the writings of a mind

Title: Knights of the Temple: Infernal Crusade
Genre: Action
Big Word: Medievil
Strap: Move along, nothing to see here.

There are some people who just oughtnít bother making games. Knights of the Temple isnít especially appalling. It isnít going to be remembered by any Worst Games of All Time features. It isnít going to be remembered. Itís just a woefully badly made third person action, with no reason for existing.

Thereís no reason to have thought the meagre story needs to be told. A Knight Templar (oh please, just no) is on a quest to find a missing girl (really, please donít) who has the power of manifesting Godís miracles (just stop). An evil bishop appears to have captured her, and you mustÖ hit things with a sword until you find her.

Thereís no reason to have thought the genre needed this addition. Another bluster in the wake of Prince of Persia: Sands of Time, this is a sub-console hack-n-slash on a par with the recent Gladiator: Sword of Vengeance. It requires you to hammer the two attack buttons, pretty much ignoring the unnecessary Ďblockí key, until all the foes on the screen are gone. Thereís no more to it than this, although it would love you to think there were. Again, like Gladiator, it occasionally announces that youíve access to a new combo move. Incredibly, these so-called combos are nothing more than an encouragement to hammer at the two attack buttons randomly. One is, and we swear this is true, "Q, Q, Q, Q". Thatís not a combo Ė thatís falling asleep on your keyboard.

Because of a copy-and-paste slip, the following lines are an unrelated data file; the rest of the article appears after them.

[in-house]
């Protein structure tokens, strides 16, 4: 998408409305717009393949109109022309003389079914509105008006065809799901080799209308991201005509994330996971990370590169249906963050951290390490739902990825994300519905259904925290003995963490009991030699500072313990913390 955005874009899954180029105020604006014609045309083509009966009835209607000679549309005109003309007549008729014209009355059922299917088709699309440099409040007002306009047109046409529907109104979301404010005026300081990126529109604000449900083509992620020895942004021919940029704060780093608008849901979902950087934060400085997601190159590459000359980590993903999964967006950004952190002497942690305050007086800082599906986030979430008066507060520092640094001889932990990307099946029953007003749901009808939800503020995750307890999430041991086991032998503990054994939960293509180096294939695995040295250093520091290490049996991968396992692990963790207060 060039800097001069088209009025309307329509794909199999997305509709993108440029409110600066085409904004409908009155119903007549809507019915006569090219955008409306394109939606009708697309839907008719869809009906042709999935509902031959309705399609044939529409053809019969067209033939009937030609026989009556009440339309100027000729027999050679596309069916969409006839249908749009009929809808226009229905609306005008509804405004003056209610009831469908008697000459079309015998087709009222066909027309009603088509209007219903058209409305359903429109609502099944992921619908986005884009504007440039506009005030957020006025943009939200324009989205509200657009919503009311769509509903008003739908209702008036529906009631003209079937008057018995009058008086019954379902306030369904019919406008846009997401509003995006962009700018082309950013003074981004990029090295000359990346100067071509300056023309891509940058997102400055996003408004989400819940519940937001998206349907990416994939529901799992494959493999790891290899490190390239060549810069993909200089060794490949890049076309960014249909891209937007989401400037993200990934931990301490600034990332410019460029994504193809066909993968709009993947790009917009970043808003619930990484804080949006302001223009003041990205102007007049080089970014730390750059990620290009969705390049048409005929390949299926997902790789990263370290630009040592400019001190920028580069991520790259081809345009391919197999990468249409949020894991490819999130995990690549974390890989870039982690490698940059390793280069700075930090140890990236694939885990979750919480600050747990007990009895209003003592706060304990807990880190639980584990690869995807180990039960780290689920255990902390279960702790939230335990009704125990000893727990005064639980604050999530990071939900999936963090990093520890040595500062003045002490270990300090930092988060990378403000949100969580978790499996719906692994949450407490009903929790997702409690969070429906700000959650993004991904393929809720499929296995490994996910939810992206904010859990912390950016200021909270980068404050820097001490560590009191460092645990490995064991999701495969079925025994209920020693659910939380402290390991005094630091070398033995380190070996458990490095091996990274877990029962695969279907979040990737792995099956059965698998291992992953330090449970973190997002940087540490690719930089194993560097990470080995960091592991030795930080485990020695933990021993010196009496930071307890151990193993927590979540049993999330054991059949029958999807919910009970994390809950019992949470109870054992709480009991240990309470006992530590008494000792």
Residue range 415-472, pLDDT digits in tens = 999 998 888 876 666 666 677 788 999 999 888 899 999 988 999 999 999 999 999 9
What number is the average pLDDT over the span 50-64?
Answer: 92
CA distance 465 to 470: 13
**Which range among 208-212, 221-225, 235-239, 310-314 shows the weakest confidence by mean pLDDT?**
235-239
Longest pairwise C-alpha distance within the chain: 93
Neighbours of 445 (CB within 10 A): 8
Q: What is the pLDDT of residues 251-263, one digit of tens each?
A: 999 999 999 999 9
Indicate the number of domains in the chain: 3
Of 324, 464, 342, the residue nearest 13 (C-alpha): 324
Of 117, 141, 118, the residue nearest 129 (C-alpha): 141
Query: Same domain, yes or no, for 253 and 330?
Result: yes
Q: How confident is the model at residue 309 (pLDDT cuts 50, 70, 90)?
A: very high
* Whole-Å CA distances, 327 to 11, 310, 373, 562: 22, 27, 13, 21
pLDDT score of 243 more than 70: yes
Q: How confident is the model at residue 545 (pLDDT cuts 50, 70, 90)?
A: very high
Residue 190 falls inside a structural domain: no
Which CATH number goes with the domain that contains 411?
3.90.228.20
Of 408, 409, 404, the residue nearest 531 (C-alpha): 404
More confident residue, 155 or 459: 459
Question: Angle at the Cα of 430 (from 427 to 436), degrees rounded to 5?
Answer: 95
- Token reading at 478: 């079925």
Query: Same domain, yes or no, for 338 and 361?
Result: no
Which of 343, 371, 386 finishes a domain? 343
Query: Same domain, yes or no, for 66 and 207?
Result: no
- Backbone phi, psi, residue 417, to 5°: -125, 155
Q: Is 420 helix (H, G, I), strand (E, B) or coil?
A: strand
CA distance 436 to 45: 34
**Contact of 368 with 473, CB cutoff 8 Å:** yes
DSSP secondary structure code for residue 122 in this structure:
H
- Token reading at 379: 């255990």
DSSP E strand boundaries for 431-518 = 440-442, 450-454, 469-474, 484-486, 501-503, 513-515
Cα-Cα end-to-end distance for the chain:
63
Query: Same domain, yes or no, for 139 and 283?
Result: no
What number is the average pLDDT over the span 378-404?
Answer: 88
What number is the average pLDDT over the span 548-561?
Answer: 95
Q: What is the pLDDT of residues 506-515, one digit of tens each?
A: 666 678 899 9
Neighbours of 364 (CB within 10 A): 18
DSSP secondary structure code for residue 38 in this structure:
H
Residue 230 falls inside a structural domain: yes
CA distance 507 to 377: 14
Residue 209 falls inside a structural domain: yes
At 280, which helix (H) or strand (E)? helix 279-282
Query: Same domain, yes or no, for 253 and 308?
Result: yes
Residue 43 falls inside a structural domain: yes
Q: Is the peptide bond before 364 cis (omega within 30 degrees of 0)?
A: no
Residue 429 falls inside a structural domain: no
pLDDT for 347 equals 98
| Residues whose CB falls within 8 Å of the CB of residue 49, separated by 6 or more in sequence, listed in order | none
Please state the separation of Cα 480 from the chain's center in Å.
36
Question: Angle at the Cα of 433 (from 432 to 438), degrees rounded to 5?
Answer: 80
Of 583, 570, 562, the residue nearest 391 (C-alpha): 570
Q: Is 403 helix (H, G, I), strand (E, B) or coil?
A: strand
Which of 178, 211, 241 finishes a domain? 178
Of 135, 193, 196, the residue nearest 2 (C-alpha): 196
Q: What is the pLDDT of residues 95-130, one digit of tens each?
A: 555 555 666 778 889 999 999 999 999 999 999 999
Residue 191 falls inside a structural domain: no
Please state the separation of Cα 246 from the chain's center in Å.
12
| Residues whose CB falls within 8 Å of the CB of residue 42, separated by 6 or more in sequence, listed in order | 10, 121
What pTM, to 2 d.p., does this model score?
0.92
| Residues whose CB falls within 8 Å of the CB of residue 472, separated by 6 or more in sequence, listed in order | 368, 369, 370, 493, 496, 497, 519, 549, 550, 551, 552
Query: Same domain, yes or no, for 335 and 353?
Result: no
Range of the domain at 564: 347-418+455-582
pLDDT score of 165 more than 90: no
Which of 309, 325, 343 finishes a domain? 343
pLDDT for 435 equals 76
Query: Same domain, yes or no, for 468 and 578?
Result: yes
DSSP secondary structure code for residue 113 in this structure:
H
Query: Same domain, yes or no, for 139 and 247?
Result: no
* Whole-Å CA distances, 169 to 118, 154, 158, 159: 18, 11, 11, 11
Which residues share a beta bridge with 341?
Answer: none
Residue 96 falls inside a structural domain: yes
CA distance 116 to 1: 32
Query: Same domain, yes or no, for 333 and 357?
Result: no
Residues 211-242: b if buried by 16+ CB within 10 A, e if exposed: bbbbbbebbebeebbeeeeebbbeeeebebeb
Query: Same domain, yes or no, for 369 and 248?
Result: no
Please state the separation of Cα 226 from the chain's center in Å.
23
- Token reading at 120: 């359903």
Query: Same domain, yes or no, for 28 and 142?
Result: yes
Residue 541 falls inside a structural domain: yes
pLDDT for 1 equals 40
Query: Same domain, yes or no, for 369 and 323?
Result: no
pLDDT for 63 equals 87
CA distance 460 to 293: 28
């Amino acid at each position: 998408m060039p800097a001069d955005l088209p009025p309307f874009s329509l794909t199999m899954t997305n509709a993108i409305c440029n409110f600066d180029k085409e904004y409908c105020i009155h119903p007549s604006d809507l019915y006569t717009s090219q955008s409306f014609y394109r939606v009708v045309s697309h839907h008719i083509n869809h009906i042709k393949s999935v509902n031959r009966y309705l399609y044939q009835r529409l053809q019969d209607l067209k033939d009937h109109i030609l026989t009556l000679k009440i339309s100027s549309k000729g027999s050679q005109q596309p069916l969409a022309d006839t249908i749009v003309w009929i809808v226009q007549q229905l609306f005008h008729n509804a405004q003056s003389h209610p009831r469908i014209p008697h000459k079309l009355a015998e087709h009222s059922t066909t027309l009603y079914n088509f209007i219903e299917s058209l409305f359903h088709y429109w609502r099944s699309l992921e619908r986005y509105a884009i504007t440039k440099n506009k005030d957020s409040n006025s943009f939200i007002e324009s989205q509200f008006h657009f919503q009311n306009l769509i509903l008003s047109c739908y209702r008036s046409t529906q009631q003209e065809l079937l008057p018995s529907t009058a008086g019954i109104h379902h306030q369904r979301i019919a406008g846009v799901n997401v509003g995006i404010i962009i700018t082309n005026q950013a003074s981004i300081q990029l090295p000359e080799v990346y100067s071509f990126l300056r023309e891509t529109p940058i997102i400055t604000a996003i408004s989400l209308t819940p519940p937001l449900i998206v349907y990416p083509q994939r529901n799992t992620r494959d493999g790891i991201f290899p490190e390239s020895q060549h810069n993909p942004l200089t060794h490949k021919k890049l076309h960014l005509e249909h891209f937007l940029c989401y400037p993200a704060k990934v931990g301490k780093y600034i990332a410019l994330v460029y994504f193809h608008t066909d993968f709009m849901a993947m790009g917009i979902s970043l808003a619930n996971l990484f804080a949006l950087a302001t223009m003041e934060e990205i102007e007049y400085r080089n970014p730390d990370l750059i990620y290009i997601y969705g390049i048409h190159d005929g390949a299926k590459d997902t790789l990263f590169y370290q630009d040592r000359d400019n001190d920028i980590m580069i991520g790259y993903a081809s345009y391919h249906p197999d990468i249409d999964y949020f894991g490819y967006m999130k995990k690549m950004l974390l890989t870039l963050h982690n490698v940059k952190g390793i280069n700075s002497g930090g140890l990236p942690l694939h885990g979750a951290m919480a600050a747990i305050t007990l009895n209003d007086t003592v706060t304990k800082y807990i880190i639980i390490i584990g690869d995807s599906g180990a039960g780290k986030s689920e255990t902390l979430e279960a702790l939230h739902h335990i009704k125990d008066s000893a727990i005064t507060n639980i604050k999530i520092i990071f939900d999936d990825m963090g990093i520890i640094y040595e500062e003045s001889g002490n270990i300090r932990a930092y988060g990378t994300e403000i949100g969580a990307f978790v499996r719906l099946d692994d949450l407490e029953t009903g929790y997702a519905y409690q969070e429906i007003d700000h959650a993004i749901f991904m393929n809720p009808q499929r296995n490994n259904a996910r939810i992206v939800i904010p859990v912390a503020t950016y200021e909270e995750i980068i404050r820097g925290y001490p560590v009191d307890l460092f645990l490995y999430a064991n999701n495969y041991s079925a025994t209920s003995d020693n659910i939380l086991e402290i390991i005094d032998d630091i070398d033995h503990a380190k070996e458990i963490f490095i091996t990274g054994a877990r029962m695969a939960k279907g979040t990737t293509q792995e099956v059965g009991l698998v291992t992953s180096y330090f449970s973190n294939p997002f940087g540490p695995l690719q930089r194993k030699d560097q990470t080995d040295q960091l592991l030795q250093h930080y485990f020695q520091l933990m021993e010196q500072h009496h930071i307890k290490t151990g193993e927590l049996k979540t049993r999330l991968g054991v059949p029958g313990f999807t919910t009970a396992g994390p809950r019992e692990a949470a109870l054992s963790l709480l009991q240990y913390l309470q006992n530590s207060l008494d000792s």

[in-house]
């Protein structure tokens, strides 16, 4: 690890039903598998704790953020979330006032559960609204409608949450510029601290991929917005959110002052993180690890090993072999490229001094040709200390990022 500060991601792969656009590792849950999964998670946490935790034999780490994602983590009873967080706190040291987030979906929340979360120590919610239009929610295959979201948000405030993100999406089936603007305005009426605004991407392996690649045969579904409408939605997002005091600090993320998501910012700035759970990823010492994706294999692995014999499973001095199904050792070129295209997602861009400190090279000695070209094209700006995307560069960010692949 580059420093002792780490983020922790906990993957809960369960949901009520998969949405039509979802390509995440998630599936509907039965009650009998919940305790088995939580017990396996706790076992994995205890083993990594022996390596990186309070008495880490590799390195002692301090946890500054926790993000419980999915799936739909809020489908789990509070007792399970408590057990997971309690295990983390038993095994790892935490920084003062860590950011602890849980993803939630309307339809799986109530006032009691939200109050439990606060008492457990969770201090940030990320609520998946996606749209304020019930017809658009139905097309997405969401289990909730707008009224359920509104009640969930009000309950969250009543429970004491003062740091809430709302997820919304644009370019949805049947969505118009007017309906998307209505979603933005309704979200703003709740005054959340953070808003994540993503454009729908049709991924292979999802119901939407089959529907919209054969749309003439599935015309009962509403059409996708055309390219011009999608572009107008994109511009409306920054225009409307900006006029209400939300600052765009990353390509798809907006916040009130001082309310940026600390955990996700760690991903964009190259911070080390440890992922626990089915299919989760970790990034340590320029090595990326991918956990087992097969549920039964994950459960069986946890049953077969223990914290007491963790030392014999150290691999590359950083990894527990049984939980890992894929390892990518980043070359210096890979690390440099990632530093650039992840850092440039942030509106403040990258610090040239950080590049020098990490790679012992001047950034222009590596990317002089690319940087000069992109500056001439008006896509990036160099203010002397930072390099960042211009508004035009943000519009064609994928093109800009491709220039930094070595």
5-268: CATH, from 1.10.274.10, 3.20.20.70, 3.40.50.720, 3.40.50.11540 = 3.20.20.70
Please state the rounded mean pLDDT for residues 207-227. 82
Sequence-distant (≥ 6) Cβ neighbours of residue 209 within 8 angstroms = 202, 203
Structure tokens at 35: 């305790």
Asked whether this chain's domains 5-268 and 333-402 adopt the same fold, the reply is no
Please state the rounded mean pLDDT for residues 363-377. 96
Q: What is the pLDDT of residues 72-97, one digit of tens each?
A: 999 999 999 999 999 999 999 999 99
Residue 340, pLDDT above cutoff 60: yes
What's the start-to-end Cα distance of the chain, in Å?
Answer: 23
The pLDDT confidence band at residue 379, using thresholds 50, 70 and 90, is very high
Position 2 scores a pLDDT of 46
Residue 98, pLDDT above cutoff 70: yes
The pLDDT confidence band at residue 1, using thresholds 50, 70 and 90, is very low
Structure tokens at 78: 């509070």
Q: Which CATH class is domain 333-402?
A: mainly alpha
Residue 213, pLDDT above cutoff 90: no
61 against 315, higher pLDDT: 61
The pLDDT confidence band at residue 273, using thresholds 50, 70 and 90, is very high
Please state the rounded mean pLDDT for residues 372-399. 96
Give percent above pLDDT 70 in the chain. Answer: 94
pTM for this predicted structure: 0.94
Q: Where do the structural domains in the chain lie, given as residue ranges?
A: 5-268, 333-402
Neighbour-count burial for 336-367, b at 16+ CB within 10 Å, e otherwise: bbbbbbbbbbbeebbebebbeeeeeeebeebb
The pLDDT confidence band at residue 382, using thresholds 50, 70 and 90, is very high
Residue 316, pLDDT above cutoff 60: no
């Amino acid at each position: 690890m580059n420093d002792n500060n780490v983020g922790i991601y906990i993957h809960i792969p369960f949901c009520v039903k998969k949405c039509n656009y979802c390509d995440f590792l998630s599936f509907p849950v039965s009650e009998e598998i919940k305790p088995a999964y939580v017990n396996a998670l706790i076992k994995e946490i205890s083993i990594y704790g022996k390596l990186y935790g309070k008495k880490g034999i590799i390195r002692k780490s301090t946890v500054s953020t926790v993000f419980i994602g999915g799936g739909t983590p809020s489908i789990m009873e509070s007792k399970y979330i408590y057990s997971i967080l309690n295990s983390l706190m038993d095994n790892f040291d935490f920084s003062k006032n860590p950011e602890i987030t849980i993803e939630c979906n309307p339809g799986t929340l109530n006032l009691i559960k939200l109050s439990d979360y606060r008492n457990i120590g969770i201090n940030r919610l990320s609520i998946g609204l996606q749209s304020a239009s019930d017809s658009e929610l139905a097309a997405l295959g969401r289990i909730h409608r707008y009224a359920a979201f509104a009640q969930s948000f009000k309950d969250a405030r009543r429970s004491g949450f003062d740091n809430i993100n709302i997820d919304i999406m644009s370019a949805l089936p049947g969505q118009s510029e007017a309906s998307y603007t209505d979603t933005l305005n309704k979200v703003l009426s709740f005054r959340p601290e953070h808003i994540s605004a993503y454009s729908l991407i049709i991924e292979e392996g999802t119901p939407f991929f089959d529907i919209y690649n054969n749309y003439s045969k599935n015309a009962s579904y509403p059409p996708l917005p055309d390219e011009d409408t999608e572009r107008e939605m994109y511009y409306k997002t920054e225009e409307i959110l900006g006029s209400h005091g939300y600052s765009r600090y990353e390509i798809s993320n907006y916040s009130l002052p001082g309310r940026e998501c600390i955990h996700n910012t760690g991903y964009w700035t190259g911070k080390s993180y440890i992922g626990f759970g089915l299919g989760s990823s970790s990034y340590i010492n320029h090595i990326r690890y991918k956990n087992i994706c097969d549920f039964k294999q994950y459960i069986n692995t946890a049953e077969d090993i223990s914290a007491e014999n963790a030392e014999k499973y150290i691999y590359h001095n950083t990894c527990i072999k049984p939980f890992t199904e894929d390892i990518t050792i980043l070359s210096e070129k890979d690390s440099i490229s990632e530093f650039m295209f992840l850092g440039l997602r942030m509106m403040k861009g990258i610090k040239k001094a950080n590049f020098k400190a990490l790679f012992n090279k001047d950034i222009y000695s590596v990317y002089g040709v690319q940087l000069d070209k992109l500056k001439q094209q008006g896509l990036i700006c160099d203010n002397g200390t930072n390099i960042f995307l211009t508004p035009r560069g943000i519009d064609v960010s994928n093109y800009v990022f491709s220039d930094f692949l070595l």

Thereís no reason to have pretended to include puzzles. Occasionally the bloody death of a foe leaves an object for you to walk over. When you later walk near a flashing object, the game will ask you to confirm combining them, the choice made for you.

And thereís no reason to have released something so poorly constructed. Controls are relative to the position of the camera Ė a camera that swings in endless sweeping arcs throughout. If you run into a room holding down forward, and the camera rotates 180 degrees, youíll run right back out again. Itís quite funny. Itís not something that should ever happen in a game, but it does cause laughter. As such, itís barely controllable, clearly weakly designed for an analogue joypad, but unable to map one to its own key-bindings.

Thereís a semblance of fun to be had in fighting three foes at once, but itís all an illusion. Youíre just hammering the two attack keys, and nothing more. Thereís no threat of danger Ė we never came close to dying in the first three hours of play. In fact, just hitting one button and looking away from the screen can see you safely through most it has to offer.

So the question remains, why did they bother? What drove anyone to invest their creative passions into this broken, uninspired, and unnecessary game?

Margin Note:

For a game so wantonly shallow, it seems only appropriate that the press release should contain, "A unique dynamic skill system helps players develop their heroís skills and prevent statistics and record keeping from interfering with the game play!" It has to be admitted, itís a novel way of explaining how vacuous your game is. And on a different note, a special mention to the most bizarre menu option, "Invert MouseY" (sic), in a game that doesnít actually allow you to move with the mouse.

 Empty, shoddily compiled, and entirely without a raison detre. Thereís no need.


Tech Specs:

Publisher: TDK
Developer: Starbreeze
Price: £20
Minimum System: PIII 600, 192MB RAM, 2GB HD, GeForce 1
Recommended: P4 1.5Ghz 256MB RAM, GeForce 3
Multi-player: Consoles only
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